Storage Area Network Topology

What Does Storage Area Network Topology Mean?

Storage area network (SAN) topology refers to the arrangement or configuration used by SANs. SANs typically use a fiber channel fabric topology, which is an infrastructure specifically engineered to manage storage communications. It offers more rapid and reliable access than the higher-level protocols used in network-attached storage (NAS). In concept, a fabric is identical to a network segment in a local area network (LAN). A standard fiber channel SAN fabric consists of several fiber channel switches.


Topology usually refers to the way the switches are interconnected, including ring, edge-core, core-edge or fully meshed.

Techopedia Explains Storage Area Network Topology

The standard SAN design consists of the following:

  • Devices on the network’s edge
  • Switches in the network’s core
  • The cabling that links them all together

The suggested SAN topology for optimizing functionality, administration and scalability is a tiered, core-edge topology. This strategy delivers great performance without needless interconnections. At a higher level, the tiered topology includes a multitude of edge switches employed for device connectivity, plus a few of the core switches intended for routing traffic in between the edge switches.

  • Edge-Core Topology – The edge-core topology positions storage (targets) on the core tier and initiators (servers) on the edge tier. As the storage and servers are on completely different switches, this topology provides easy administration and also good performance, with the majority of the traffic just traversing one hop from the edge to the core. The key drawback of this design is that the core connections and the storage are in contention for extension. This means that this topology provides only minimum growth.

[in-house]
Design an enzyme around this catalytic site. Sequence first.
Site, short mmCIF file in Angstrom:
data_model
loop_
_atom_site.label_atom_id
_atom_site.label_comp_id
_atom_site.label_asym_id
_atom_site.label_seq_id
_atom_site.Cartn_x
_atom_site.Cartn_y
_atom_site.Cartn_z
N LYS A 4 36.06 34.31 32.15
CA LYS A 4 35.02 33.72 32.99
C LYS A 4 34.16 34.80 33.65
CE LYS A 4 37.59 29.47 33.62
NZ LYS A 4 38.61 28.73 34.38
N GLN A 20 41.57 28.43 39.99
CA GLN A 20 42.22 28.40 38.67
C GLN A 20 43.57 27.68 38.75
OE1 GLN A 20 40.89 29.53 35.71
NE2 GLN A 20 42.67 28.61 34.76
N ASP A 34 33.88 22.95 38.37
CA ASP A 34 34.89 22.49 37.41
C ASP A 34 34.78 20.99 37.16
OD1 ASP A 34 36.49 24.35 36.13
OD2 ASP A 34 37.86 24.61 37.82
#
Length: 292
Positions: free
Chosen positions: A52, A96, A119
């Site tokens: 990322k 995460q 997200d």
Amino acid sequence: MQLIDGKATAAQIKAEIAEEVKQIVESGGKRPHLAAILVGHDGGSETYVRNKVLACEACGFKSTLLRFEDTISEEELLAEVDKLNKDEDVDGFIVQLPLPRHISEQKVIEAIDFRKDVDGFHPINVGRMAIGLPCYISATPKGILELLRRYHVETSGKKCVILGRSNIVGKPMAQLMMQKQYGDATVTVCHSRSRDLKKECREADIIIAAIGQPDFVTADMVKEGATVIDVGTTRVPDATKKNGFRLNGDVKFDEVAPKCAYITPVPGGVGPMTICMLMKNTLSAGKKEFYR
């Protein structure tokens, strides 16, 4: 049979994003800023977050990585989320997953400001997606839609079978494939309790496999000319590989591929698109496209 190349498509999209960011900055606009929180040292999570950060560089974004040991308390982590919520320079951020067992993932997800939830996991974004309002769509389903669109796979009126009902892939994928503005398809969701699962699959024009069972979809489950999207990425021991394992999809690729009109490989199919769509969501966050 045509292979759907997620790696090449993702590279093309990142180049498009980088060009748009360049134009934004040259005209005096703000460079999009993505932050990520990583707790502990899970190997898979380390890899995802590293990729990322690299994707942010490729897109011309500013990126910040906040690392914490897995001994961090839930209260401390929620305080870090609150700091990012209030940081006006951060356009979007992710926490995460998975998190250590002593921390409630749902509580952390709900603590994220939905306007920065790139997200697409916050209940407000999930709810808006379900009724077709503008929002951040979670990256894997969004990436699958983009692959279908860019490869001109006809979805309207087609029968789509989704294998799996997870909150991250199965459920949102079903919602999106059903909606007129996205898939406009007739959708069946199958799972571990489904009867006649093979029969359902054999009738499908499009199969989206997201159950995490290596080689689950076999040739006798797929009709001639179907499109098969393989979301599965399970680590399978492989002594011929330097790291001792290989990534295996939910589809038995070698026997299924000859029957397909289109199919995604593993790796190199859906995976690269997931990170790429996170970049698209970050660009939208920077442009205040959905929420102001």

• Edge-Core-Edge Topology – This topology positions initiators on an edge tier and storage on some other edge tier, leaving the core for switch interconnections or linking devices with network-wide scope, which include dense wavelength division multiplexers (DWDMs), storage virtualizers, inter-fabric routers, encryption engines and tape libraries. Since storage and servers are on totally different switches, this design facilitates independent scaling of storage and compute resources, simple management and optimum overall performance.
  • Full-Mesh Topology – This topology lets users place storage and servers virtually anyplace as the communication involving source and destination is only one hop. Users are able to build a full-mesh topology, which is scalable and affordable, as opposed to the earlier generation of SAN solutions.

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Margaret Rouse
Technology Expert

Margaret is an award-winning technical writer and teacher known for her ability to explain complex technical subjects to a non-technical business audience. Over the past twenty years, her IT definitions have been published by Que in an encyclopedia of technology terms and cited in articles by the New York Times, Time Magazine, USA Today, ZDNet, PC Magazine, and Discovery Magazine. She joined Techopedia in 2011. Margaret's idea of a fun day is helping IT and business professionals learn to speak each other’s highly specialized languages.